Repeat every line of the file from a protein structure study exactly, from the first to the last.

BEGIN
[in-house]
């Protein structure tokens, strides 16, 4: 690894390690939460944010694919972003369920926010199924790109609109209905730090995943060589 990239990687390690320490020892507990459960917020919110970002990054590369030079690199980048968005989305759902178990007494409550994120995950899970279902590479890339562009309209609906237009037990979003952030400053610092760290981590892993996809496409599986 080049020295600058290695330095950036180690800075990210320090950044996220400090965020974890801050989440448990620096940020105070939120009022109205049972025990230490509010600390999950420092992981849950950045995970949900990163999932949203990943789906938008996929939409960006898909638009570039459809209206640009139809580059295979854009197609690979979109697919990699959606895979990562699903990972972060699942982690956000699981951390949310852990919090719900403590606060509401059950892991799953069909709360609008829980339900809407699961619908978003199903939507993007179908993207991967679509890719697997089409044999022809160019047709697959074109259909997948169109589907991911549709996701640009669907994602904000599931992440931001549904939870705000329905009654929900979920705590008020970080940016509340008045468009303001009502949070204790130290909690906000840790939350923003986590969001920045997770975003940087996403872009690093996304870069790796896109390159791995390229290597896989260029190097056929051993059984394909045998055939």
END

[in-house]
């Protein structure tokens, strides 16, 4: 690894390690939460944010694919972003369920926010199924790109609109209905730090995943060589 990239990687390690320490020892507990459960917020919110970002990054590369030079690199980048968005989305759902178990007494409550994120995950899970279902590479890339562009309209609906237009037990979003952030400053610092760290981590892993996809496409599986 080049020295600058290695330095950036180690800075990210320090950044996220400090965020974890801050989440448990620096940020105070939120009022109205049972025990230490509010600390999950420092992981849950950045995970949900990163999932949203990943789906938008996929939409960006898909638009570039459809209206640009139809580059295979854009197609690979979109697919990699959606895979990562699903990972972060699942982690956000699981951390949310852990919090719900403590606060509401059950892991799953069909709360609008829980339900809407699961619908978003199903939507993007179908993207991967679509890719697997089409044999022809160019047709697959074109259909997948169109589907991911549709996701640009669907994602904000599931992440931001549904939870705000329905009654929900979920705590008020970080940016509340008045468009303001009502949070204790130290909690906000840790939350923003986590969001920045997770975003940087996403872009690093996304870069790796896109390159791995390229290597896989260029190097056929051993059984394909045998055939």